Remembering Kid Yamaka, the telegenic star and proudly Jewish boxer

One boxer is seen aiming a swing at another boxer, who is seen blocking his face.
Zachary Wohlman punches Alonso Loeza during a Welterweights fight at Staples Center on November 10, 2012 in Los Angeles, California. Loeza would win the fight.

  • Zachary Wohlman, a boxer known as Kid Yamaka, died in February at 32.
  • Wohlman survived a nightmarish childhood in Los Angeles to become a promising welterweight and telegenic media star.
  • The writer Alex Halperin explores Wohlman’s legacy as a celebrated Jewish athlete, and what Wohlman meant to some of those who knew him best.
  • See more stories on Insider’s business page.

Late in February, mourners gathered at Zuma Beach in Malibu to remember Zachary Wohlman, a boxer who had recently died at 32. In the billion dollar sunshine, they stood around a wreath of white orchids, the flowers Wohlman tended when he wasn’t bloodying his opponents.

Wohlman’s movie star good looks had survived a broken jaw, a textbook pugilist’s nose, and multiple other facial traumas. One eulogist, a longtime sparring partner, boasted about kicking Kid Yamaka’s ass.

Some of the bereaved wore jackets embroidered with Wohlman’s tag line, “All class.” His young widow gave out t-shirts for Kid Yamaka’s “retirement party.” Some grievers wore wetsuits. Others went shirtless. They embraced and stood close, mostly wearing masks.

Wohlman had survived a nightmarish childhood in the Valley to become a promising welterweight and telegenic media star. He had hoped to fight for a world championship.

However realistic the dream, his ongoing struggles with addiction, made it less so. “I’ll just be honest,” he said in the Emmy-nominated docu-series, “Why We Fight.” “I have a problem with opiates.” Yet for a time he was able to overcome his illness to express himself as a fighter and as a man with an enviable capacity for love and empathy. “There’s nothing more therapeutic than being of service to somebody,” Wohlman had said.

As one mourner said: “He often helped me when I should have been helping him.”

“If you make a living getting hit in the face, something went wrong,” Wohlman said in a short film directed by Matt Ogens. But keep listening and unarmed combat sounds less like a job and more like a calling, the purest distillation of the human condition. Boxers say you don’t know someone until you fight them, and maybe they’re right.

Jews have a special reverence for our tribe’s great athletes, perhaps because there are so few of them. Wohlman wasn’t observant, but he cared about his heritage. He got Bar Mitzvahed at 20 and had an attachment to Jewish stars, whether diamond encrusted or massive and tattooed across his belly – “FAITH”.

A magazine cover has an illustration of a soldier in boxing gloves under the title "The Ring"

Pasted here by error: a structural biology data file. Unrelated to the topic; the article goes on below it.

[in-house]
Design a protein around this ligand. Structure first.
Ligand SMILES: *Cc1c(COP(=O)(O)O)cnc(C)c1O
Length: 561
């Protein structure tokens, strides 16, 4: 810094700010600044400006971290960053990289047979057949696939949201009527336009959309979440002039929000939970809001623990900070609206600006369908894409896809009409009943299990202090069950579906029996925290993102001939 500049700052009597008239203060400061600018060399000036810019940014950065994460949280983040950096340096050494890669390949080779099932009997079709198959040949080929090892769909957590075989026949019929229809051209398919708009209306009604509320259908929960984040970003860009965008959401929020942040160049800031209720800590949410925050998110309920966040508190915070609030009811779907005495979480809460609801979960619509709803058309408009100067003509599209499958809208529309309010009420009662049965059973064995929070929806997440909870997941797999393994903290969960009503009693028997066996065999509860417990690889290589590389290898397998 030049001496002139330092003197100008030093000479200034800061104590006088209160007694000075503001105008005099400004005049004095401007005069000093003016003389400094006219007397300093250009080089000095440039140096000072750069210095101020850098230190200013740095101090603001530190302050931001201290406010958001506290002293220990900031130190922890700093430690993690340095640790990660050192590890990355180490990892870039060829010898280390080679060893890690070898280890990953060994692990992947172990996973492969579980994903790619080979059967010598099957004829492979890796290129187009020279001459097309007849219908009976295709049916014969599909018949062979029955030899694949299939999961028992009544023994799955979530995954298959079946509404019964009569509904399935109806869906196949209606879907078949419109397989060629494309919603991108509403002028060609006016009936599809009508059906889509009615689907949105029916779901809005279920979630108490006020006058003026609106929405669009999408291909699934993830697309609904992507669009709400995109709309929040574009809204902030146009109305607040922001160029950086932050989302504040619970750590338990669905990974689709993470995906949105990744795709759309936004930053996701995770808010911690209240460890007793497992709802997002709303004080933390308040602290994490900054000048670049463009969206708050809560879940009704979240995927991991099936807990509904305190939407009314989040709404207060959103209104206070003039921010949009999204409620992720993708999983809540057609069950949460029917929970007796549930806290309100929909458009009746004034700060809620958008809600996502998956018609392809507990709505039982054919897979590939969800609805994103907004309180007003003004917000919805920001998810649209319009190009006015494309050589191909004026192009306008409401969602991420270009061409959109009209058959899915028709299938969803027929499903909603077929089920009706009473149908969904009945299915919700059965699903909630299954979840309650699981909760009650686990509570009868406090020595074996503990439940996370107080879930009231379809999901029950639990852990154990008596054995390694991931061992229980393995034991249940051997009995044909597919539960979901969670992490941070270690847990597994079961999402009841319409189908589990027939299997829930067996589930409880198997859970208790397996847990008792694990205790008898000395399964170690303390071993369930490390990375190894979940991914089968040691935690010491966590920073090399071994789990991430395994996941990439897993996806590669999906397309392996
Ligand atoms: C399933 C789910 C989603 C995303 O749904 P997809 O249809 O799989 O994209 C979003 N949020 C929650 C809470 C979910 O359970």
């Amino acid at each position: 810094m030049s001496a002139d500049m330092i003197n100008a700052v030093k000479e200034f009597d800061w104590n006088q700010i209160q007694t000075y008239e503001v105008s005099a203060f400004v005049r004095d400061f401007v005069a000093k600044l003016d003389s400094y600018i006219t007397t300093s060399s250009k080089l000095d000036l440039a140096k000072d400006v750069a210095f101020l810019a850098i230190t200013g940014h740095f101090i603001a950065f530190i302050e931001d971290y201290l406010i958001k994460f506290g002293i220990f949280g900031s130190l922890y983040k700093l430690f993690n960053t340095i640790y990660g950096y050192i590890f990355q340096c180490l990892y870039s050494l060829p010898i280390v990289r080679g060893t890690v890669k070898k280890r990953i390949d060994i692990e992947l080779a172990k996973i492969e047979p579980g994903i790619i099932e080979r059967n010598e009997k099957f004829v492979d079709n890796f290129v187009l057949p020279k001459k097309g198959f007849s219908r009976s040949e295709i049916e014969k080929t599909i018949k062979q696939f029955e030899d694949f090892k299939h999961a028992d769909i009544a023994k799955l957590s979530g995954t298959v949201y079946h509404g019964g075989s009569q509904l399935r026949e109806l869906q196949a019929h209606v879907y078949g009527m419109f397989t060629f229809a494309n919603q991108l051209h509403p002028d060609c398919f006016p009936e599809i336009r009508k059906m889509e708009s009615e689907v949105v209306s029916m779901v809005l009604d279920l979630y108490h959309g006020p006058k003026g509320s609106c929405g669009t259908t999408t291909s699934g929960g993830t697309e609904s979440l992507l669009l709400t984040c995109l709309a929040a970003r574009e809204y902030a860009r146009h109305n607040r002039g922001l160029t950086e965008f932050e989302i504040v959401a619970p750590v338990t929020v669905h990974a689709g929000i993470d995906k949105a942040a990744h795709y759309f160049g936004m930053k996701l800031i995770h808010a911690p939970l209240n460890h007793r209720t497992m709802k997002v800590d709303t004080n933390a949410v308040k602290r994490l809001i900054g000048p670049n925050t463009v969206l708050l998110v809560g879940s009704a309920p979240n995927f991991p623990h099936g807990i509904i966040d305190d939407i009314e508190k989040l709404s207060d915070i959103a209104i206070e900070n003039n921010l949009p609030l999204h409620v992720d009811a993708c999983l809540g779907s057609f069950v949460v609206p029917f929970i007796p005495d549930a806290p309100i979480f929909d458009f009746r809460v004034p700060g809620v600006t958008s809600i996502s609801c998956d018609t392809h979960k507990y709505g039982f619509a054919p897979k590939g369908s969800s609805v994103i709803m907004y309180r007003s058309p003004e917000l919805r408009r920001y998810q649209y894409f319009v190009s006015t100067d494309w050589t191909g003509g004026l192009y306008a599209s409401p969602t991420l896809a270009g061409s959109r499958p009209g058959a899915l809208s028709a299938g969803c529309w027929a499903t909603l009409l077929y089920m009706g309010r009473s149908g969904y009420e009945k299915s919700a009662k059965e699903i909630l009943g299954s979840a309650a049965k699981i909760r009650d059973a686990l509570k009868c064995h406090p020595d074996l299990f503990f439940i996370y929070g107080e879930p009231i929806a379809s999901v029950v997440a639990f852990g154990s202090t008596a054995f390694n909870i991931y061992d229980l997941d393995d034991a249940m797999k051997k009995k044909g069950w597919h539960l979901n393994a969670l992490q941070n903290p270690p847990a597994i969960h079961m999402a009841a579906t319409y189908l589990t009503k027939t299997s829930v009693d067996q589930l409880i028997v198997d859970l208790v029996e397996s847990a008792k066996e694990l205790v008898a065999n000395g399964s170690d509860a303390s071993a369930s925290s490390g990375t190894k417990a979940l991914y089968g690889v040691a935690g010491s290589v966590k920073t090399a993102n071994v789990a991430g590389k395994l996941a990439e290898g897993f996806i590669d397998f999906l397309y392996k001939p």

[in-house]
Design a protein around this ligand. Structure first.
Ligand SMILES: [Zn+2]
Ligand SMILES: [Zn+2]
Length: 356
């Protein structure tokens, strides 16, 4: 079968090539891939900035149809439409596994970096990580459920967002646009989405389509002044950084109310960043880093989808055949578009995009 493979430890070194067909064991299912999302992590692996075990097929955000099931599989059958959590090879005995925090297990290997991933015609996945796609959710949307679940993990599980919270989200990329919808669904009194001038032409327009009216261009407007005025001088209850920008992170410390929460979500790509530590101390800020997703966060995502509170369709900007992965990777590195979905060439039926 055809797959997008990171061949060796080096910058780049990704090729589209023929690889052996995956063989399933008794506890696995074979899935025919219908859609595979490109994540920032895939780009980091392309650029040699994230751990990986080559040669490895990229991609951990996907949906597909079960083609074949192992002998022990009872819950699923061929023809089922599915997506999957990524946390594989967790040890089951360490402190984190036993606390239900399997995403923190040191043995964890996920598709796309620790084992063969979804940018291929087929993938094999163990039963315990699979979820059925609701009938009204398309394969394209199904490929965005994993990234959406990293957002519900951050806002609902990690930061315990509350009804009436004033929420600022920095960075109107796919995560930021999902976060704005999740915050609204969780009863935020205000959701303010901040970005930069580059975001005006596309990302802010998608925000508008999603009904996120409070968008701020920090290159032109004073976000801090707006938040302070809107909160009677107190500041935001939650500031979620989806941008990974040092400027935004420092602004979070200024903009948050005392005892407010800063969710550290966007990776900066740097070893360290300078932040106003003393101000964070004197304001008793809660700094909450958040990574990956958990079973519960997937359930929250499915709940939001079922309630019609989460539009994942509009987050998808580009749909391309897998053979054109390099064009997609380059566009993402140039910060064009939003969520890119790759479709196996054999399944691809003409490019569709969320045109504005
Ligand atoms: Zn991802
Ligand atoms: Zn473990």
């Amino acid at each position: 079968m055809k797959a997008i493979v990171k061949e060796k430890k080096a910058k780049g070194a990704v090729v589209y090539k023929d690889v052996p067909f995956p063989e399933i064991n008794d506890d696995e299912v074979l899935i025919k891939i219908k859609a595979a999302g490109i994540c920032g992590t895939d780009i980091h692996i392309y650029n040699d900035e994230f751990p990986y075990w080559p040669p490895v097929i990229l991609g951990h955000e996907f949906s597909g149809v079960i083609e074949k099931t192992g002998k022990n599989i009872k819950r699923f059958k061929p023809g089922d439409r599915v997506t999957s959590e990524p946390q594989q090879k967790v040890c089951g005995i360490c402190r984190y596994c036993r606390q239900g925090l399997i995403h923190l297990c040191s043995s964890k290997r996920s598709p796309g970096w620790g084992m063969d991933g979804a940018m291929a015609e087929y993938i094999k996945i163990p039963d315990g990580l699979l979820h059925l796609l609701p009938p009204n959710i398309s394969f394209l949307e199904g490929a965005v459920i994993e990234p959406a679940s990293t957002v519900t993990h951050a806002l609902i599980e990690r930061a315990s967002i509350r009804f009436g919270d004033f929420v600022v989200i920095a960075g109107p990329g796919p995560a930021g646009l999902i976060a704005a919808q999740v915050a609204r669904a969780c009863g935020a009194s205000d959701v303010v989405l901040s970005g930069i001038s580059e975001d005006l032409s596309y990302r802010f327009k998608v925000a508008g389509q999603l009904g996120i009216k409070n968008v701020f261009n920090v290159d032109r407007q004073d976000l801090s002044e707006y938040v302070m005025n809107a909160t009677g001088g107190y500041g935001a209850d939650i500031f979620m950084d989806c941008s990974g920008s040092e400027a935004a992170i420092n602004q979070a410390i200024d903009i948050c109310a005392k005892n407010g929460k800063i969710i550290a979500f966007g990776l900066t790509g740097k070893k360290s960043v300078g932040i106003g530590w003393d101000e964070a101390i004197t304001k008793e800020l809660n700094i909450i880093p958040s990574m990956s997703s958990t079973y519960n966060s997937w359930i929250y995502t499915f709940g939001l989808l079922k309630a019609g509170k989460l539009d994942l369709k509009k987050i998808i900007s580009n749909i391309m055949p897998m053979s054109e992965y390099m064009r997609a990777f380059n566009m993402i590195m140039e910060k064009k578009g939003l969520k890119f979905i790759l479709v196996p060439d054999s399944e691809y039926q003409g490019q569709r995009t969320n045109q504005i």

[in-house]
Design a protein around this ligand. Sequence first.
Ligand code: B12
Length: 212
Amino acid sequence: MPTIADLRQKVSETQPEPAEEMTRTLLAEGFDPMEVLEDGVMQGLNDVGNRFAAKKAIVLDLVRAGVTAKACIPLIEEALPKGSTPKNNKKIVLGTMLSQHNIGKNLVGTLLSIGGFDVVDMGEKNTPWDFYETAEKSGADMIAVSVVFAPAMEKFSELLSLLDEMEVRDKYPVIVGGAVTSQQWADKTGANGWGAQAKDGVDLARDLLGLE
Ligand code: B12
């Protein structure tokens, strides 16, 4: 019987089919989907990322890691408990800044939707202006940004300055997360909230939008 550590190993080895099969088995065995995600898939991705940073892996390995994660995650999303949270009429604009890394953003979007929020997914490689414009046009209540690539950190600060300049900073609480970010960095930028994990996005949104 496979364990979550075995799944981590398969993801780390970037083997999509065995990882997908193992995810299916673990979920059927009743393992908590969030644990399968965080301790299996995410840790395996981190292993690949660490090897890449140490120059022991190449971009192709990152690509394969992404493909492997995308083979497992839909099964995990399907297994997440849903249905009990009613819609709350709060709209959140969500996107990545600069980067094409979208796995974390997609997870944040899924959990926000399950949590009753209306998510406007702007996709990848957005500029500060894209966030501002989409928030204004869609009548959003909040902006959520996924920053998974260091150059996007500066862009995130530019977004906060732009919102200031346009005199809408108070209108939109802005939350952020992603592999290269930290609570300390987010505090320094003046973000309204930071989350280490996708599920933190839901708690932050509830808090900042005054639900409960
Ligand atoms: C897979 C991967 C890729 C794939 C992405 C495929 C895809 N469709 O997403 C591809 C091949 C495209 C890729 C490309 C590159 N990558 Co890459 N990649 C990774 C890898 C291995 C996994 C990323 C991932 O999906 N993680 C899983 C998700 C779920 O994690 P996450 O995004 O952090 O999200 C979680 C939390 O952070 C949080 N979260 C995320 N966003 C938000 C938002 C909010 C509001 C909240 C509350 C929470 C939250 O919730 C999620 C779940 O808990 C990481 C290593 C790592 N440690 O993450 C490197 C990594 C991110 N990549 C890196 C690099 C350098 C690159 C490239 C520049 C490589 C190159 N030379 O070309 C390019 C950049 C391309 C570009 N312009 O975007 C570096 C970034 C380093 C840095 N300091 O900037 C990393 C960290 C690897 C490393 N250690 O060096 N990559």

The March 1943 cover of Ring Magazine with an illustration of boxer Barney Ross.

He was conscious of himself as heir to an endangered tradition of Jewish boxers. In the first half of the 20th century, when big bouts resonated far beyond the ring and Jews had a much more tenuous position in American life, quite a few found glory in the ring. In 1933, Max Baer wore Star of David trunks when he defeated Hitler’s favorite fighter and former heavyweight champion, Max Schmelling, at Yankee Stadium. (Baer’s victory led to an affair with Greta Garbo. Schmelling later defeated Joe Louis and then lost to him in a 1938 title fight dubbed the “battle of the century.”)

One of the most celebrated Jewish fighters was Barney Ross, a tough Chicago kid, the son of a murdered rabbi, who held world championships in three weight classes, including welterweight. Later, Ross enlisted in the Marines and earned a Silver Star for valor fighting Japanese soldiers at Guadalcanal. While recovering from his wounds, Ross became addicted to morphine. There’s a 1957 movie about him called “Monkey on My Back.”

Ogens’ film juxtaposes Wohlman wrapping his hands for the ring with wrapping tefillin. With the phylacteries, a rabbi tells him, “Your arms become instruments not of destruction but of God.” Wohlman shadow boxes across the old city of Jerusalem, a Rocky sequel that never got made.

A more memorable sequence, to my mind a more Jewish one, comes in the first episode of the docu-series “Why We Fight.” Wohlman travels to Tijuana, for an easy fight to juice his won/loss record and with that his prospects for a higher profile bout back home.

Wohlman scores a first round TKO against a tomato can named Roman Mendez. After the fight, he visits Mendez’ barrio to meet the boxer’s family and see the pig Mendez buys with his prize money. Wohlman meets another fighter, a candy hawker by day, and encourages him to train harder, and to be faithful to his wife.

Two men wearing grey suits stand side by side, as one pumps his fist
Zachary Wohlman (left) and Freddie Roach, the legendary Hall of Fame trainer, attend Smash Global II in 2016 in Los Angeles.

A later episode distills the grim economics of bloodsport even more starkly. In Cambodia, Wohlman meets a 10-year old prize-fighter and his trainer/promoter, the self-described “Don King of Cambodia,” who both cares for and profits from pre-pubescent fighters. “I want [the 10-year old] to be wealthy and whatever his version of successful is,” Wohlman said. “But I don’t think what I hope he’ll become and the reality will meet.”

Wohlman didn’t just perform concern on camera. For the last two years of his life, he directed Ring of Hope, a boxing program for at-risk kids in Dallas. He’d hoped to open a branch in L.A., hinting at a life he could have led once his dreams of glory subsided.

Instead the people who loved him gathered on the beach to say goodbye. After the tributes, the singing and the crying, two guys in wetsuits bore the wreath out to sea. As the waves enveloped it, the crowd applauded.

“High-speed miserable chess”

I first heard of Wohlmann a few years ago from my friend Vanessa Adriance, a corporate litigator who became one of his closest friends. A serious amateur jock, Adriance had been cardio boxing for a couple years at an L.A. gym when he showed up.

Wohlman introduced himself as an acolyte of Freddie Roach, a legendary Hall of Fame trainer whose gym, Wild Card Boxing, is on the second floor of a Hollywood strip mall. Wohlman began to teach real boxing, how to throw a punch, how to dodge one, not anything Adriance had to worry about when she was just getting sweaty whaling on a bag.